Depending on the circumstances in the case, there could be other steps required for approval of extradition from Arizona to another state.
California prosecutors use a variety of factors to decide whether to pursue a fugitive in another state. For low-level crimes, it might not be worth the time and money to chase a fugitive across the country. Likewise, jail overcrowding, overloaded court dockets, and other factors could influence a prosecutor’s decision to pursue extradition.
However, Arizona and California both adopted the UCEA. Therefore, decisions for extradition between these two states is often quick. Because California and Arizona border each other, law enforcement officials may request extradition from Arizona to California for any level of crime, particularly a felony charge.
If California wants you returned to answer for a crime committed in, for example, Los Angeles, you may want to retain a criminal lawyer in that jurisdiction. A lawyer who is familiar with the laws pertaining to the prosecuting court will be able to advise you on how to proceed with your extradition case.
Deciding whether to waive an extradition hearing or fight extradition is made on a case-by-case basis. An Arizona criminal defense lawyer can review your case to determine the best defense strategy to protect your rights.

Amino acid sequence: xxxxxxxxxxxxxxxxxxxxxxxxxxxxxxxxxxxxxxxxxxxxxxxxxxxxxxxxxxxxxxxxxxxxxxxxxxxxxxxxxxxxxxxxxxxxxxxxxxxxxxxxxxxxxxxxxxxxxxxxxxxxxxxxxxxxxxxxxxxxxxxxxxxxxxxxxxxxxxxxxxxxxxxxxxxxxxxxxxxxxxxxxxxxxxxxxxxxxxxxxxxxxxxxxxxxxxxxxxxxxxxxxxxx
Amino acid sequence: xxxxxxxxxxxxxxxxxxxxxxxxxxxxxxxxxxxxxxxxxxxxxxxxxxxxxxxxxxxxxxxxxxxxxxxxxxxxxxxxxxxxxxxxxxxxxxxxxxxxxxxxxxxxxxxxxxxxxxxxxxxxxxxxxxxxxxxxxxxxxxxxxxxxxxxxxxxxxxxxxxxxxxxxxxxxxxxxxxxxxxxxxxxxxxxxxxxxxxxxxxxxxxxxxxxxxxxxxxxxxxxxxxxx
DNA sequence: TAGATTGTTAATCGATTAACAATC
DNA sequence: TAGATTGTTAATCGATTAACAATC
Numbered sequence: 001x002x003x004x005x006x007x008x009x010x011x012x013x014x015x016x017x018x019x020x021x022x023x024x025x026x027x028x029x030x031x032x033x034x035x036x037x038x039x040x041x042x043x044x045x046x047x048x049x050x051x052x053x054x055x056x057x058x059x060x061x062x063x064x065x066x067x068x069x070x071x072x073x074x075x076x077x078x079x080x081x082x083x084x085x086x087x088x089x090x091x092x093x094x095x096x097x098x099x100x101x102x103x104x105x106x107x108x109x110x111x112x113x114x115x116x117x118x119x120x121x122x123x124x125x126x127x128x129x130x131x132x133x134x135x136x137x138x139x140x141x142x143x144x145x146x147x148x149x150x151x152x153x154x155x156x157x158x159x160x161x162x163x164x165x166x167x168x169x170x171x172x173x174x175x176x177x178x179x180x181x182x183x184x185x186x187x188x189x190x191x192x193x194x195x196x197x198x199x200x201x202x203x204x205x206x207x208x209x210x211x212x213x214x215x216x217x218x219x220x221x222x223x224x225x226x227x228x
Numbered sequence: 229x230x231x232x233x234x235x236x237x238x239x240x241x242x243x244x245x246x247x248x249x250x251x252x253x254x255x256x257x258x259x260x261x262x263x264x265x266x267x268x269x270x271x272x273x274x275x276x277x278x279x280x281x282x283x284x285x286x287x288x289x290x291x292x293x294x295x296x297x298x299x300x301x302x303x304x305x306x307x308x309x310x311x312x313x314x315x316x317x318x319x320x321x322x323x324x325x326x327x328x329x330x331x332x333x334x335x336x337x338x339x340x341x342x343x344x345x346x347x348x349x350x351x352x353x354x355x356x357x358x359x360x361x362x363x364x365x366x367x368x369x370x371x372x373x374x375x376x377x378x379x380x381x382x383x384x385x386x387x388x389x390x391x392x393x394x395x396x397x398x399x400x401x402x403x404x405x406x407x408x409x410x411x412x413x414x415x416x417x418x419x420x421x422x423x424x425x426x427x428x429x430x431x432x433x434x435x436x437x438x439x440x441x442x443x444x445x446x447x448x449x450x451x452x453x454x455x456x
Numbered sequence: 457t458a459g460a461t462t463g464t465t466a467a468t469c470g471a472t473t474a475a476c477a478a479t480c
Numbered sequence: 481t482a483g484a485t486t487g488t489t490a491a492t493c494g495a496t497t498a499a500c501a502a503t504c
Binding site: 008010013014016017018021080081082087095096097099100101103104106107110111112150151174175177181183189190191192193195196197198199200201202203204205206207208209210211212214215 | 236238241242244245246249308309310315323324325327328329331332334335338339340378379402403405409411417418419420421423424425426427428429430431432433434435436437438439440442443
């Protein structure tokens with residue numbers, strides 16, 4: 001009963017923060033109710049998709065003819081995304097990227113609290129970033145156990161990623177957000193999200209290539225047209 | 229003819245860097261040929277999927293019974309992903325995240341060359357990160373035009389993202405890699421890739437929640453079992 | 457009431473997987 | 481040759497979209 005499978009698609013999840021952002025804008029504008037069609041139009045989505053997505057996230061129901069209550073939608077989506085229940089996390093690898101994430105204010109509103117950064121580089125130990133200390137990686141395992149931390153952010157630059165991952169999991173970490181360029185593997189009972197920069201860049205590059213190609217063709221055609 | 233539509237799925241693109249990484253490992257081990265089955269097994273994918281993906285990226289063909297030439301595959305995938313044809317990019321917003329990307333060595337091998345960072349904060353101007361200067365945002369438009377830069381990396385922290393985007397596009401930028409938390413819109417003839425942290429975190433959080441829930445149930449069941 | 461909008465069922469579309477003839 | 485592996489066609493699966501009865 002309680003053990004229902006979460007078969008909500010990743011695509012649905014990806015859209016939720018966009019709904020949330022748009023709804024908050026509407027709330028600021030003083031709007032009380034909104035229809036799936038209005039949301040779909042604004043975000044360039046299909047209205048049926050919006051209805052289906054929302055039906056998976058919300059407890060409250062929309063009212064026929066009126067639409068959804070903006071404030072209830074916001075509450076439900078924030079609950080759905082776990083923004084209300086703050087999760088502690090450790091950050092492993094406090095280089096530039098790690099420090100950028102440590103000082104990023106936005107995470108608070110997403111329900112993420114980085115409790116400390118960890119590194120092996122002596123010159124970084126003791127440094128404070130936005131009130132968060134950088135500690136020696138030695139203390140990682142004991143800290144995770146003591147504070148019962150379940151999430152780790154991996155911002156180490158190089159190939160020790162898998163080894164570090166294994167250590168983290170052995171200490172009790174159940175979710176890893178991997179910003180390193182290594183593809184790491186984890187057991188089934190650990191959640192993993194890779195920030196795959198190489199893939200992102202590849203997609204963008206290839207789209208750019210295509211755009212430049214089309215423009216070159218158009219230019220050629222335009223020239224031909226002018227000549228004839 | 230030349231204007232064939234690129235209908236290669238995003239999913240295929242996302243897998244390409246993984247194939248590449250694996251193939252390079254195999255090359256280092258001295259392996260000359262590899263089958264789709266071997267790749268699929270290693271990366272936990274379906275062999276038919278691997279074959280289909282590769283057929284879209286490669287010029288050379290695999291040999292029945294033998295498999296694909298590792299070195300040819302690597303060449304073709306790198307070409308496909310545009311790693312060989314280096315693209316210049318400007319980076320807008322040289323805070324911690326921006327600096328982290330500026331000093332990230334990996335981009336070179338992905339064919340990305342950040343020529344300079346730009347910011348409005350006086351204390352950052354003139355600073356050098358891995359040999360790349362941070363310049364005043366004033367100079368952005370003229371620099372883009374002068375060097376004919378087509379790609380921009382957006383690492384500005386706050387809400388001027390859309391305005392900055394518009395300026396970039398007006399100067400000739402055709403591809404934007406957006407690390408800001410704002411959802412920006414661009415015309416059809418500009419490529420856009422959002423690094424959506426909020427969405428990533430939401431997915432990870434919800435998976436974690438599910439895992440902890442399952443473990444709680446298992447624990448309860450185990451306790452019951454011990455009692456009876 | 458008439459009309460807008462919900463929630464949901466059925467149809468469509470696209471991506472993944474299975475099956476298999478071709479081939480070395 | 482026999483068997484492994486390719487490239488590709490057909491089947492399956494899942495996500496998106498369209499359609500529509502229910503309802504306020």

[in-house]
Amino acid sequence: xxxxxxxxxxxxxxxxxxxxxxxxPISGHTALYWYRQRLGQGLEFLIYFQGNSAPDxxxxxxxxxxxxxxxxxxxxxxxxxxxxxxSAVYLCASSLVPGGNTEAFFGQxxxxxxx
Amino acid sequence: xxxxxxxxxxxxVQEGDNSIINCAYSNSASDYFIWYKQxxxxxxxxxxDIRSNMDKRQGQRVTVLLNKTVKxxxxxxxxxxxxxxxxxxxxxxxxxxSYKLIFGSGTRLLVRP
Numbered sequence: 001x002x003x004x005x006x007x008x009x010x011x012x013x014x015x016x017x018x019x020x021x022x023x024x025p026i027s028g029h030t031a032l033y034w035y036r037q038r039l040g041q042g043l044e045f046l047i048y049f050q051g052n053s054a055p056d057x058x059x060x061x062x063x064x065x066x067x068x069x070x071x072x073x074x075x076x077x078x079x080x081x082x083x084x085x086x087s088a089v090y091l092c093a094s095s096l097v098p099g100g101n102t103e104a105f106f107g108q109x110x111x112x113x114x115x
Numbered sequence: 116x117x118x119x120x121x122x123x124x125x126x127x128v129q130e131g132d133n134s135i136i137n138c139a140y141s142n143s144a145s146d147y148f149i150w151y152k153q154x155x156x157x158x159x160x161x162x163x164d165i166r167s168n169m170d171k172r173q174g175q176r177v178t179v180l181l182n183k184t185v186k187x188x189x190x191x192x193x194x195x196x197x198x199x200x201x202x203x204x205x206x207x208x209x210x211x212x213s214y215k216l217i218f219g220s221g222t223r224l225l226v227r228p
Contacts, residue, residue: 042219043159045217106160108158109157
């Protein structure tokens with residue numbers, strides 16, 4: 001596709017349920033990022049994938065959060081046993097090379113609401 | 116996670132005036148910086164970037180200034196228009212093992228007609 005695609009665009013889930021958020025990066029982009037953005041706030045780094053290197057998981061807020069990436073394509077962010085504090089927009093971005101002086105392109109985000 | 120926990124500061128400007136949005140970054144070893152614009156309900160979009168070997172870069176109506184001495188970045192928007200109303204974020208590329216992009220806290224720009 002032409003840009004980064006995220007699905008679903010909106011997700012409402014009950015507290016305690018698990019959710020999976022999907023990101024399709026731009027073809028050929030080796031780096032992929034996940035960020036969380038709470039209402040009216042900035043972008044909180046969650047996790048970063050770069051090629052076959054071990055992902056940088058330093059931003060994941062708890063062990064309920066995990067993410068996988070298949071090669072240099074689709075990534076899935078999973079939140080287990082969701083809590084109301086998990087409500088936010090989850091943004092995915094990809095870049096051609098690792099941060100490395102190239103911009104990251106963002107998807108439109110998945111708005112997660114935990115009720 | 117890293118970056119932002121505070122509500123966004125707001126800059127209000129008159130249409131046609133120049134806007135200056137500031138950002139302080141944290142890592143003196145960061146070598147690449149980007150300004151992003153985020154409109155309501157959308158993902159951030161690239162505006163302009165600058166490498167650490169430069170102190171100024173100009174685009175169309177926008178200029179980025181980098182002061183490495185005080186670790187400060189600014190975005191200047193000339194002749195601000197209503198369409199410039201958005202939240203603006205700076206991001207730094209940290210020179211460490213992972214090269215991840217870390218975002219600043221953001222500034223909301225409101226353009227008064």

If you choose to fight extradition, there are several challenges you might raise to the extradition. Possible challenges to extradition include:
Challenging an extradition request may not always be the best strategy. Discussing your legal rights and options with an Arizona criminal defense attorney before taking any action is highly recommended.
A fugitive cannot be immediately handed over to another state. The person has a right to a hearing before a judge. The person also has the right to challenge the extradition.
Challenging extradition can be complicated. The laws related to the various challenges must be carefully analyzed to determine if the facts in your case support a challenge. If not, you may be making matters worse by challenging extradition.
In some cases, it might be better to waive an extradition hearing. Waiving extradition might be used to bargain with out-of-state prosecutors for a plea bargain. The nature of the criminal charges often has a significant impact on whether a person may want to waive an extradition hearing.
As with any arrest, it is best to exercise all your legal rights, including the right to remain silent and your right to legal counsel. Don’t make a statement to the police or try to explain your “side of the story” until you have a chance to talk to an Arizona criminal defense attorney. Instead, respectfully request that you be allowed to contact an attorney or that an attorney be appointed by the court to advise you of your legal rights.
For more information, contact the criminal defense attorney Craig Orent. Give us a call at (480) 656-7301 or visit our law office at 11811 N Tatum Blvd UNIT 3031, Phoenix, AZ 85028. We offer a free case evaluation, so get the help you deserve today.